How Thinking Changes with Aging – Episode 172
April 30, 2019
This is another 4 part series of the Rock Your Retirement show. Today’s guest host, Janet Rich Pittman is an expert on memory. So if you want to find a way to slow your brain's aging process, then you're going to love this episode. In the first of these four series, we will be discussing how thinking changes with aging. This came from the article on “How the Aging Brain Affects Thinking” of the National Institute of Aging.
Brain aging is inevitable to some extent, but not uniform; it affects everyone, or every brain, differently. Slowing down brain aging or stopping it altogether would be the ultimate elixir to achieve eternal youth. From remembering to planning, organizing and decision making, the brain is in control. As people age, though, cognitive changes typically occur; fortunately, they can be positive as well as negative.
Normal Brain Aging
As you age, there are a couple of things that are kind of normal or common: Increase difficulty in finding words and recalling names, more problems with multitasking, and paying attention as sharply as you once did. So it's difficult to hone in and concentrate.
Older individuals often become anxious about memory slips due to the link between impaired memory and Alzheimer's disease. However, Alzheimer's and other dementias are not a part of the normal aging process.
Common Changes with Aging
* Difficulty learning something new.
* Recalling names and things.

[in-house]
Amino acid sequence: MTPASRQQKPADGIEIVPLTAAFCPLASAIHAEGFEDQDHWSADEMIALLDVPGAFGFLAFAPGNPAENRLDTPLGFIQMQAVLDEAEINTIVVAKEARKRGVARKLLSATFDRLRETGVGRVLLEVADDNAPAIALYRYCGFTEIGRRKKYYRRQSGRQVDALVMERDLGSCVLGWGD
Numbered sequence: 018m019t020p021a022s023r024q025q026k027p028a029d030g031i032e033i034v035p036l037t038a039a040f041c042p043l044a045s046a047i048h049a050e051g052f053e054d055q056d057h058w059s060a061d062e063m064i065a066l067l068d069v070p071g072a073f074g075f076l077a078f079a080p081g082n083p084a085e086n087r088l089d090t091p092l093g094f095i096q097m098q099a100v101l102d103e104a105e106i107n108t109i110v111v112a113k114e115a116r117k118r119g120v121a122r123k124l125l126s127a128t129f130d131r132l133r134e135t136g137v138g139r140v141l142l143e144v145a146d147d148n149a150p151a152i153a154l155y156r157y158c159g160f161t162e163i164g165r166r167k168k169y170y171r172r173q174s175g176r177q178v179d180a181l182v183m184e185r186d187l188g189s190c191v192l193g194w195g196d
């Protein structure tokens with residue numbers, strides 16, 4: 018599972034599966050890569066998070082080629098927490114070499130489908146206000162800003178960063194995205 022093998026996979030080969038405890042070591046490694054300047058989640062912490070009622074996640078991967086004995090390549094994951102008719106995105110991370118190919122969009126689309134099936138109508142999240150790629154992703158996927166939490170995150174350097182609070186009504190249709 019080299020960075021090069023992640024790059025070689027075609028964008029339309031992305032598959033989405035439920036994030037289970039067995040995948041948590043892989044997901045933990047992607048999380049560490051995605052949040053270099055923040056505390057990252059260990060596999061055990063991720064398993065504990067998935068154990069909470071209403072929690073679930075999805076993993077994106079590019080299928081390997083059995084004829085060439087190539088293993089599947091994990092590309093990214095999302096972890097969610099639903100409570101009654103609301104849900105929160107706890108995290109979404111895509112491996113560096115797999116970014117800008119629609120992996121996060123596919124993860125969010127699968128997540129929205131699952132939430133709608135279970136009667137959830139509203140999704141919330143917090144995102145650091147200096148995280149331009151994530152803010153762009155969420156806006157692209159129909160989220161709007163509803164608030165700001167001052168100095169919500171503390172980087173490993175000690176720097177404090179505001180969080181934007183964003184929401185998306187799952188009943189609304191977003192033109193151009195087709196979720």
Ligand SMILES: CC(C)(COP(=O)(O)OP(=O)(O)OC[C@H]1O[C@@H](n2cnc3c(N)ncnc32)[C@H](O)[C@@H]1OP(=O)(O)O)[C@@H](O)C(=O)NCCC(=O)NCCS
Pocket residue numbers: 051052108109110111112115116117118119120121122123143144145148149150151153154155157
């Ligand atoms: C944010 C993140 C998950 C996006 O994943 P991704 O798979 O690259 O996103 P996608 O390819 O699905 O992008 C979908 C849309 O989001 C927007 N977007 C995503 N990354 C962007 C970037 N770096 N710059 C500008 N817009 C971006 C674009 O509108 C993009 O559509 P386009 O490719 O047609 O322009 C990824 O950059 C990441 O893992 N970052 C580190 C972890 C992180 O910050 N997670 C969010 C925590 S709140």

* Remembering Appointments
On the plus side, people can typically continue to learn new things, including but not limited to vocabulary and other language skills, and to create new memories. Growing amounts of evidence are showing that people can, overall, continue to adapt to new tasks and challenges as they age.
The Three Main Brain Cells
* Synapse – connect neurons to each other for conscious and subconscious communication.
* Glial cells – Are our maids of the brain, their our police, our traffic cops. They take care of business. They give us direction, focus, and they redirect and direct. When certain regions of our brain are not communicating. Our thought can't go forward because we got some weak cells in the front.
* Neurons – Is the basic working unit of the brain, a specialized cell designed to transmit information to other nerve cells, muscle, or gland cells. Neurons are cells within the nervous system that transmit information to other nerve cells, muscle, or gland cells.
Certain Parts of the Brain Shrink
With the changes in aging our brains shrink because we're not feeding it correctly. This is because we just don't use our muscles enough. The older we get we don't use it enough, we don't have that challenge that that helps us combat brain degeneration. The thing is that we should produce that strong, healthy brain cells so that we could fight that degeneration.
The changes that go into your brain is inflammation. Inflammation causes all kinds of problems not just with your brain but the rest of your body too. Over the years when we eat bad, don't get any exercise, and when we are not really using our brains to learn new things.
Protecting Your Cognitive Health
We don't really remember names because we don't actually put it in the file cabinet of our brain cells. Because we weren't really listening. We were thinking about what was going on in the room. And we didn't have an emotional attachment to that name and we didn't force ourselves to remember it.
People with more education seem to have more cognitive reserve than others. Dementia is different than normal aging.